The advantage of using voltages to start our calculations is that, as long as we stay with similar LEDs, and stay within its operating voltages, the current will stay within safe limits.

So, by adjusting the number of LEDs in use, we can handle most AC transformer outputs.

Now a quick check of the voltage shows that it is still at 10.8VAC. Our LEDs are only using a miniscule portion (4%) of the 500mA capacity of the transformer that...

We can multiply the light output up to 15 times just by adding chains of 10-LEDs arranged the same way across the supply! Imagine running 150 LEDs in an vast array off one tiny transformer. Pure simple direct drive all the way.

Step 3: The Pitfalls

One safeguard is that we have limited the drive to our LEDs to a very safe level - it will only reach its rated peak once per cycle. In fact it will be off completely when the opposing chain is lit. So we can expect extreme longevity from this arrangement.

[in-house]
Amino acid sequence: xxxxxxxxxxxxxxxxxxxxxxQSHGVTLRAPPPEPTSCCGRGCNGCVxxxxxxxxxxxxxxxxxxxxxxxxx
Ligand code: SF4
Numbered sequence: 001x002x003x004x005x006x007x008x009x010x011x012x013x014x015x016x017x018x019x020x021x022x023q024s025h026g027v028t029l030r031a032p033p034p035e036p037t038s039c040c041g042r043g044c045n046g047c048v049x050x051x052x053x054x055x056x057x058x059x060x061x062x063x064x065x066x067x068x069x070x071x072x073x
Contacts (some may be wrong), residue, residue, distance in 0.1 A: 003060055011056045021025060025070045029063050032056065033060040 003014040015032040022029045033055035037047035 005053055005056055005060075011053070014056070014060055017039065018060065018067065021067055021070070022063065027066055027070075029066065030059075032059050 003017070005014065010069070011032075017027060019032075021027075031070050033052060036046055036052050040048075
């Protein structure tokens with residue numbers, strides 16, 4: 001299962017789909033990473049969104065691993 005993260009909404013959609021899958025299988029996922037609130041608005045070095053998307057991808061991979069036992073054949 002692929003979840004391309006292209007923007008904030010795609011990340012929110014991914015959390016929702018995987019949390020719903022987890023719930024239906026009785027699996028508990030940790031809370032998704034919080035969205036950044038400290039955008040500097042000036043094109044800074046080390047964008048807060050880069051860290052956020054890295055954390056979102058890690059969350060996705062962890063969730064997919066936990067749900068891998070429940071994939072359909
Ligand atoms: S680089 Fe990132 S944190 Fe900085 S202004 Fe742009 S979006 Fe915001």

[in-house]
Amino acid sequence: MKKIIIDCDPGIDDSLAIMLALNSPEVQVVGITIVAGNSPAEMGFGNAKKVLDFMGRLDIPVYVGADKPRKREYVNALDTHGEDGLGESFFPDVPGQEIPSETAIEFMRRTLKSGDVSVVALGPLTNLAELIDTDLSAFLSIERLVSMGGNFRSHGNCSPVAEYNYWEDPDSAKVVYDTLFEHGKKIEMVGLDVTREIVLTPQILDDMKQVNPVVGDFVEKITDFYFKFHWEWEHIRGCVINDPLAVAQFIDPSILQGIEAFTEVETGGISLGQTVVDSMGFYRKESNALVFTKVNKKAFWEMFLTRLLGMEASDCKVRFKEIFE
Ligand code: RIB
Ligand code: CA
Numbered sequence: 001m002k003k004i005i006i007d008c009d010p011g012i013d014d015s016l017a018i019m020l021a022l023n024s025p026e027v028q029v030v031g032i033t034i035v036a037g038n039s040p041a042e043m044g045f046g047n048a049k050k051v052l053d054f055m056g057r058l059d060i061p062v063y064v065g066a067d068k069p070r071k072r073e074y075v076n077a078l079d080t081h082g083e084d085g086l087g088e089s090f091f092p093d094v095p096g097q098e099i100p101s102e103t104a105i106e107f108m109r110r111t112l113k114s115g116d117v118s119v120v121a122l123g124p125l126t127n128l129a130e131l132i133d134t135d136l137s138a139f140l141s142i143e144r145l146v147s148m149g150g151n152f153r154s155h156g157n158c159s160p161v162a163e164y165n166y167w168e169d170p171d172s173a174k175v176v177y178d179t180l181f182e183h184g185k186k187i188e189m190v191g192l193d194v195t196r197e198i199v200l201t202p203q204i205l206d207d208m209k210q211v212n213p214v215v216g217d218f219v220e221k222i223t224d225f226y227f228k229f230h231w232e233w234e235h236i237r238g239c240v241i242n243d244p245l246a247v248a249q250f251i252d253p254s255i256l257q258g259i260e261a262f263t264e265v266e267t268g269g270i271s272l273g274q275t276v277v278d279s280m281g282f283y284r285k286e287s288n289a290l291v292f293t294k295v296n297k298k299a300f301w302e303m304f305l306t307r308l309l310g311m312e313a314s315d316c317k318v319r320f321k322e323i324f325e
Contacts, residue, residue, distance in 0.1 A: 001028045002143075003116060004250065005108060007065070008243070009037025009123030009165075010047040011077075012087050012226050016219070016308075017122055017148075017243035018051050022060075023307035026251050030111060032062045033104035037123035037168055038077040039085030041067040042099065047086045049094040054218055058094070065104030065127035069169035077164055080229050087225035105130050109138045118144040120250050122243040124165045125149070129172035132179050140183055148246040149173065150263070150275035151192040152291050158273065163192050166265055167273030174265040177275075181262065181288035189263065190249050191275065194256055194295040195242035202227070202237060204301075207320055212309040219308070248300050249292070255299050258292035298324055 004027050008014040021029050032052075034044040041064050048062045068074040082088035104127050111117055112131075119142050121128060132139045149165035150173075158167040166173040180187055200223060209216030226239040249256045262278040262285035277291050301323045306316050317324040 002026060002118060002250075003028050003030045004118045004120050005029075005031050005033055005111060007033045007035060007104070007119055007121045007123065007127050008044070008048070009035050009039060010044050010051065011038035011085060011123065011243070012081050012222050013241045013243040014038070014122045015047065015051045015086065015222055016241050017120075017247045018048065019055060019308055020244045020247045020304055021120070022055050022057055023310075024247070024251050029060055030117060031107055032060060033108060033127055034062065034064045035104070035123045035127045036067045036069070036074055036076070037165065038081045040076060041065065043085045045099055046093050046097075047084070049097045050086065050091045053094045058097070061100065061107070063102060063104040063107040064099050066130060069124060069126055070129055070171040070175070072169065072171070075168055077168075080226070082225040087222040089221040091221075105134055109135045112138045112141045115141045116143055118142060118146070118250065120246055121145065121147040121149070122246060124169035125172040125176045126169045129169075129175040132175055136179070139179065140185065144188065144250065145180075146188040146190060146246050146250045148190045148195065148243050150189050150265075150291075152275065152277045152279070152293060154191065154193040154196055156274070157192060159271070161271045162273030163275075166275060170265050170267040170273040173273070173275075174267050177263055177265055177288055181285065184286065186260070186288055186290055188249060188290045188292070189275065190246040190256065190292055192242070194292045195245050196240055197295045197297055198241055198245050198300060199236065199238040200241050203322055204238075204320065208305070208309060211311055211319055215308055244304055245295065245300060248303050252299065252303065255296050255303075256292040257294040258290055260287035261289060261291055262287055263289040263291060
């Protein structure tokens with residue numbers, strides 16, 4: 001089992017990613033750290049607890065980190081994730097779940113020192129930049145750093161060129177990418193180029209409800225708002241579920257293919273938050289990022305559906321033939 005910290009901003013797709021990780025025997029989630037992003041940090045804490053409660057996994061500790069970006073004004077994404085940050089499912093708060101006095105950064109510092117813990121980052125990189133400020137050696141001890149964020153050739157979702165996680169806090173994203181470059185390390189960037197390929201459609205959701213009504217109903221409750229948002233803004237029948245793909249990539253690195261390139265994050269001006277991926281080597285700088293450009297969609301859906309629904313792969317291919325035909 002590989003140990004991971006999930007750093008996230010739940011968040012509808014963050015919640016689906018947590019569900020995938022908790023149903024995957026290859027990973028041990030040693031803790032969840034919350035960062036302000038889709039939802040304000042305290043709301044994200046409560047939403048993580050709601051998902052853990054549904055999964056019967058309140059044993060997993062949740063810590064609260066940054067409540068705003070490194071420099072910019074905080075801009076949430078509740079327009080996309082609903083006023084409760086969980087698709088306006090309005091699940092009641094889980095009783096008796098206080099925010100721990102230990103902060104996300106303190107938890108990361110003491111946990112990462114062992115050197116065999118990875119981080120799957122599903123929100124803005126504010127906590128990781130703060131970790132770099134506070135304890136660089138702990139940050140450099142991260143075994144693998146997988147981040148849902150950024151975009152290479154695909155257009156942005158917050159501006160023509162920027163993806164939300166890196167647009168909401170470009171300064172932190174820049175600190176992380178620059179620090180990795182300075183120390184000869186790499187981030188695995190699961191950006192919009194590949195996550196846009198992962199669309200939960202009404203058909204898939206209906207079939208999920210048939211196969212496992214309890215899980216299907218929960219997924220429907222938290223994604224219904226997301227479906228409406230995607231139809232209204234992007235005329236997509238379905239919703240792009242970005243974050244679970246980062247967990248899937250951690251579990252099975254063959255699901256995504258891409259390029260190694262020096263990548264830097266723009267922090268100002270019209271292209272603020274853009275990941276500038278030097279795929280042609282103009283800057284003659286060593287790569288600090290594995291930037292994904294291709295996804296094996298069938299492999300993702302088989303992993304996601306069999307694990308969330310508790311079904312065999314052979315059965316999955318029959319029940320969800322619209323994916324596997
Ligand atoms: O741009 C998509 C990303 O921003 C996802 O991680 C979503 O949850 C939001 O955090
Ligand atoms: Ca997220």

The fact that each chain is off for half the time means there will be some flicker, which you can see in the photos below, taken with a high shutter speed.

By alternating on and off rows, the effect is minimized, and is no worse than using fluorescent lighting.

Step 4: Some Variations.

Sometimes, you cannot get the right number of 3.5v LEDs for what you need. Then you can 'cheat' by substituting an amber LED in each chain - they operate around 2.4 volts, so that allows you to fudge your numbers a bit.

And about those Dust-busters - if you applied our method to their wall-warts WHILE the unit is charging, you may well find that one chain of LEDs never lights - this is because they only use half their circuit to charge the unit. Think of using the OTHER half of the cycle for LEDs as free power.

You can also adapt this method for DC supplies - but make sure you always measure the actual output first! Commercial units are notoriously bad for making up numbers.

Step 5: Recapping